By Rey Panaligan
The Supreme Court (SC) laid down Wednesday (January 16) the guidelines on the oral arguments starting January 22 on the petition that challenged the constitutionality of the extension of martial law in Mindanao until Dec. 31, 2019.
Set for oral arguments is the petition filed by the group of Albay Rep. Edcel Lagman. It claimed that the third extension of martial law and the suspension of the privilege of the writ of habeas corpus in Mindanao has no basis and violates the Constitution.
This developed as another petition was filed against the extension. This time, the petition was filed by the group of Bayan Muna Party-List Rep. Carlos Isagani Zarate.
It is expected that the new petition would be consolidated with that filed by Lagman and his group.
Under the guidelines on oral arguments, the issues would be tackled first by the Office of the Solicitor General (OSG) representing both the Executive and the Legislative departments.
After the OSG’s presentation, Lagman’s group will follow.
Opening statements of the opposing parties would be made in writing and must be submitted to the SC not later than January 18.
The issues to be tackled are:
- “Whether there exists sufficient factual basis for the extension of martial law in Mindanao – whether rebellion exists and persists in Mindanao, whether public safety requires the extension of martial law in Mindanao, and whether the further extension of martial law has been necessary to meet the situation in Mindanao.
- “Whether the Constitution limits the number of extensions and the duration for which Congress can extend the proclamation of martial law and the suspension of the privilege of the writ of habeas corpus.
- “Whether Proclamation No. 216 has become functus officio (“a Latin word which refers to the automatic termination of an office or official activity once it shall have served the legal purpose for which it was constituted”) with the cessation of the Marawi siege that it may no longer be extended.
- “Whether the manner by which Congress approved the extension of martial law is a political question and is not reviewable by the Court en banc – whether Congress has the power to determine its own rules of proceedings in conducting the joint session under Section 18, Article VII of the Constitution; whether Congress has the discretion as to how it will respond to the President’s request for the extension of martial law in Mindanao, including the length of the period of deliberation and interpellation of the executive branch’s resource persons.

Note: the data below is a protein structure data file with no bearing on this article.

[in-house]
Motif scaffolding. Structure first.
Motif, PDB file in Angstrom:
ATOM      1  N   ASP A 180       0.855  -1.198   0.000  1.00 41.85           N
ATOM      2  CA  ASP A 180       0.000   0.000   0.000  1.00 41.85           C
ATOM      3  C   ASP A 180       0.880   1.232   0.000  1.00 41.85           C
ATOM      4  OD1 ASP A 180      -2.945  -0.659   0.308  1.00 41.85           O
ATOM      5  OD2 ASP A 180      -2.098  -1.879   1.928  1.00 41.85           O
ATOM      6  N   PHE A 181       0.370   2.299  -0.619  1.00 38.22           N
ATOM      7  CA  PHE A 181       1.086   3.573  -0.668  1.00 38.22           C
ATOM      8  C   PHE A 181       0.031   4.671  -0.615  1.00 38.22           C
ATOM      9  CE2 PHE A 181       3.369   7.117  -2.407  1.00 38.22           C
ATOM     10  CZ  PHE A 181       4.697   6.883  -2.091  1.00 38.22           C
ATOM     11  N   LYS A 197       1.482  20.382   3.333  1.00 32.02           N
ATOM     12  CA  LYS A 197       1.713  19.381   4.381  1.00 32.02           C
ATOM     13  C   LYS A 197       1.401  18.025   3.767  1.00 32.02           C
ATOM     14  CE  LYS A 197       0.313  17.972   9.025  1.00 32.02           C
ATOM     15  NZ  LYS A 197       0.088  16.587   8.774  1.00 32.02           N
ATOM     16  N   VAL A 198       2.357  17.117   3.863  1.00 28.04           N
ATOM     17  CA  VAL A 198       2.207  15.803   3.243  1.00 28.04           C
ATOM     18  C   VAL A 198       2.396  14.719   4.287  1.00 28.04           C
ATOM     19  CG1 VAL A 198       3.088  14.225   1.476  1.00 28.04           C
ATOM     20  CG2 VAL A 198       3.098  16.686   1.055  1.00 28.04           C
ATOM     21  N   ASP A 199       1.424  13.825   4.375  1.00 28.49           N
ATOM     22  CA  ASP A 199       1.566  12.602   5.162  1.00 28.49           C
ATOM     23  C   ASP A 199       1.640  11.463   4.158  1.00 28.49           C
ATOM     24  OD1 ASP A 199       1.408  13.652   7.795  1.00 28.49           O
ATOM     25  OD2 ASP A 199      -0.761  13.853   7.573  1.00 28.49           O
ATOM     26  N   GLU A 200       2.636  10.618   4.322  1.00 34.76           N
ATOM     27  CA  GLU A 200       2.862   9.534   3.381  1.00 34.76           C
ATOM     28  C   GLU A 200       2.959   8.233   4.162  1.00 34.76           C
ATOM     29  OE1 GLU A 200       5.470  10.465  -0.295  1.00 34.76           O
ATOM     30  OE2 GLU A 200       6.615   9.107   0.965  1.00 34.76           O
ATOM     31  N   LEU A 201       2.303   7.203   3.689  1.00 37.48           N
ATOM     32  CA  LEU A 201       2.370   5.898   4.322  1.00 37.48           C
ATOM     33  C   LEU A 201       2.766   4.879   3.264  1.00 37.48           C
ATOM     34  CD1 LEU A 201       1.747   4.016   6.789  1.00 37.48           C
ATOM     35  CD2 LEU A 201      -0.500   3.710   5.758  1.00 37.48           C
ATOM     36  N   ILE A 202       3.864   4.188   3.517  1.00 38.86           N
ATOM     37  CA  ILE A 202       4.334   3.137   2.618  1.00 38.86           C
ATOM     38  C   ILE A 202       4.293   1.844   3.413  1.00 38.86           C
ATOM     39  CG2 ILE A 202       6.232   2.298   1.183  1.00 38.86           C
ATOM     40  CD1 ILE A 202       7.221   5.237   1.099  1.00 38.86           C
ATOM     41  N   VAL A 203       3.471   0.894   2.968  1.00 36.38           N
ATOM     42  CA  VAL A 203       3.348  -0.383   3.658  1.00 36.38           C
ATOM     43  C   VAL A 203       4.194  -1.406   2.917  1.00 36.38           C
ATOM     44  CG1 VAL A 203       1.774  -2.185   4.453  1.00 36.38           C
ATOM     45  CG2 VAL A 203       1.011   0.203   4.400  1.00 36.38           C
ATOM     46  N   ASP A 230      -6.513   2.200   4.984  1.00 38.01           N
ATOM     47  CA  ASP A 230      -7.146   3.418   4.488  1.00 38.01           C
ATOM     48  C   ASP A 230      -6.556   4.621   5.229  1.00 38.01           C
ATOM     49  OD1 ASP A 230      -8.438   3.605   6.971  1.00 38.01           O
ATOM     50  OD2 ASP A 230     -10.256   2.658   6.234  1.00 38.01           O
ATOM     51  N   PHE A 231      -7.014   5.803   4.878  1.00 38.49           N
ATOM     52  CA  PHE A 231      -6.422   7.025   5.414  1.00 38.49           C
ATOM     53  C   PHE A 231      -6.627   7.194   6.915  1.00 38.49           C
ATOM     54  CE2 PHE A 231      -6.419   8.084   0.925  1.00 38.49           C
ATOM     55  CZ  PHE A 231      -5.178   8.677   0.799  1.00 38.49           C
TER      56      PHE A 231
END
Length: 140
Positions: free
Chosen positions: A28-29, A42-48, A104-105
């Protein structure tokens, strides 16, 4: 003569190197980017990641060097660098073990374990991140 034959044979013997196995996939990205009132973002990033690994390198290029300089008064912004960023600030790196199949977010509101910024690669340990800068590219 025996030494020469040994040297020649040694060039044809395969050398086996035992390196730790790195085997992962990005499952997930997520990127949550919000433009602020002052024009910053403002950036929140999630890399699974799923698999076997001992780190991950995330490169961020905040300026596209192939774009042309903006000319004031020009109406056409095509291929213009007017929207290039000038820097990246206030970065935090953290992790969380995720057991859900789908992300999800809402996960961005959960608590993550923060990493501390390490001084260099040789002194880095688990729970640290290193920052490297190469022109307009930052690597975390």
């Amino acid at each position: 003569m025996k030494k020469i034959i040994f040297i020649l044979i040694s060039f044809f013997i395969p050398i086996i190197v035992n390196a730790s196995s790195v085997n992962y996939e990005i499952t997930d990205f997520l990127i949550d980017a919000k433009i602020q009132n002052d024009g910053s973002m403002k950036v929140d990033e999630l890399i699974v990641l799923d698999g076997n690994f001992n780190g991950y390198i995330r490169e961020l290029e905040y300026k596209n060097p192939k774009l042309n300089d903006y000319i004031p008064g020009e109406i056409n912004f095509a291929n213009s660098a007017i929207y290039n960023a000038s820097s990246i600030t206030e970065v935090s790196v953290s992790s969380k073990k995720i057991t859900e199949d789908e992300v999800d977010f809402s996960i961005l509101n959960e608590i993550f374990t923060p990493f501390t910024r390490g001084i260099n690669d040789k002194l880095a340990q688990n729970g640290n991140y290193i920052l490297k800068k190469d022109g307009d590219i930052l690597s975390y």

- “Whether the declaration of martial law and the suspension of the privilege of the writ of habeas corpus or extension thereof may be reversed by a finding of grave abuse of discretion on the part of Congress, and if so, whether the extension of martial law was attended by grave abuse of discretion.
- “Whether the allegations of human rights violations in the implementation of martial law in Mindanao is sufficient to warrant a nullification of its extension.
- “Whether a temporary restraining order or injunction should issue.”
Earlier, the OSG – through Solicitor General Jose C. Calida – had said that with rebellion persisting in Mindanao, the extension of martial law and the suspension of the privilege of the writ of habeas corpus until Dec. 31, 2019 are justified.
Calida had asked the SC to dismiss the petition filed by Lagman and his group as he pointed out that contrary to the allegations, rebellion – a key requirement for declaration of martial law under the Constitution — persists in Mindanao.
Calida cited official reports of the Armed Forces of the Philippines (AFP) on “ongoing rebellion of the Daesh-Inspired groups and its local and foreign allies, particularly the Daulah Islamiyah (DI) and also of the Communist Party of the Philippines – New People’s Army (CPP-NPA) forces in Mindanao.”
In February last year, the SC declared constitutional President Duterte’s extension of martial law and the suspension of the privilege of the writ of habeas corpus in Mindanao until Dec. 31, 2018.
The SC ruled: “The President and Congress had sufficient factual bases to extend Proclamation No. 216. The rebellion that spawned the Marawi incident persists. Public safety requires the extension, as shown by facts presented by the AFP” (Armed Forces of the Philippines).”
Martial law and the suspension of the privilege of the writ of habeas corpus in Mindanao were first imposed by the President for 60 days on May 23, 2017 as a result of the attack in Marawi City by the Maute Group and its followers through Proclamation No. 216.
When challenged before the SC, the High Court ruled in July 2017 on the constitutionality of the President’s proclamation with a declaration that Proclamation No. 216 has sufficient factual bases.